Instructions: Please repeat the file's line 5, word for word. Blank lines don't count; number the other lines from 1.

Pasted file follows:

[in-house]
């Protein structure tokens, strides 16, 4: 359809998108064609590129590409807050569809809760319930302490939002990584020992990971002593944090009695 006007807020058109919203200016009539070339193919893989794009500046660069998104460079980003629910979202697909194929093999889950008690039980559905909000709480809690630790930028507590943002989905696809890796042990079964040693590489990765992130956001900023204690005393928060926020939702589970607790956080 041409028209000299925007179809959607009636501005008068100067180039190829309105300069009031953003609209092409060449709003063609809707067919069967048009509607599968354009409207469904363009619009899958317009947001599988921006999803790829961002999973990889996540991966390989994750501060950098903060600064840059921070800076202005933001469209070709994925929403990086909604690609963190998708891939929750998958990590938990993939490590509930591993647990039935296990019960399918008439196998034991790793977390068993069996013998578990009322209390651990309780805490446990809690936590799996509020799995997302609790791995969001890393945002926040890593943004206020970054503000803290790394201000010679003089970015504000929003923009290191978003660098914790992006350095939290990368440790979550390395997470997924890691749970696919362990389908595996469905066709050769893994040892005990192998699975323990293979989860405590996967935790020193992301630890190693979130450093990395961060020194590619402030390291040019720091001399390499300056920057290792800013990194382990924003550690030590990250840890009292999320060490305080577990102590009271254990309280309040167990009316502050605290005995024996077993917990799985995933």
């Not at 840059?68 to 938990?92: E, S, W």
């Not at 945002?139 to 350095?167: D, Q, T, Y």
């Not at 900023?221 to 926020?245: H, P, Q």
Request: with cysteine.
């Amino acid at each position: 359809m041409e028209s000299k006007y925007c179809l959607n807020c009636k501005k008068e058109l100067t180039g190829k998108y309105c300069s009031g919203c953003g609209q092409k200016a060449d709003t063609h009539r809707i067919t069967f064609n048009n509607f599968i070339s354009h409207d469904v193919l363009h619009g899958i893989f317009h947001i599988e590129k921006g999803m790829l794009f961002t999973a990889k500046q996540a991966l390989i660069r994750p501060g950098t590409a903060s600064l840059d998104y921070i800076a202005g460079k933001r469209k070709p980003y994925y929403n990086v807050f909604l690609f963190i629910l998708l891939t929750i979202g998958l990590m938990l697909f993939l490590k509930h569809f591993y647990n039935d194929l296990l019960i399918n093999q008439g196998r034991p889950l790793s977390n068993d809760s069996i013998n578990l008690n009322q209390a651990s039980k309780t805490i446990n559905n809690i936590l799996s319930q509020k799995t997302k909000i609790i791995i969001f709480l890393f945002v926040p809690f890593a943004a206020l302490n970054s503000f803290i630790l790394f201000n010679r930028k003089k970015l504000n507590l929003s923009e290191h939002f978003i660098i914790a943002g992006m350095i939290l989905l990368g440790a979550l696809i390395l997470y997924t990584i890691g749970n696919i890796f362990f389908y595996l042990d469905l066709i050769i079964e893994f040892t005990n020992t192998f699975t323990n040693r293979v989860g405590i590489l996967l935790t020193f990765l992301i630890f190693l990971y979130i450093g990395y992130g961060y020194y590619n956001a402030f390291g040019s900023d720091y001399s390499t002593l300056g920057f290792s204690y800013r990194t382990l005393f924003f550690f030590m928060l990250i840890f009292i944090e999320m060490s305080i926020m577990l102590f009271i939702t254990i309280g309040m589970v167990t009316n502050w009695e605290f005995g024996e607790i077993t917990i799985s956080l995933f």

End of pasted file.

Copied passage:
């Not at 900023?221 to 926020?245: H, P, Q």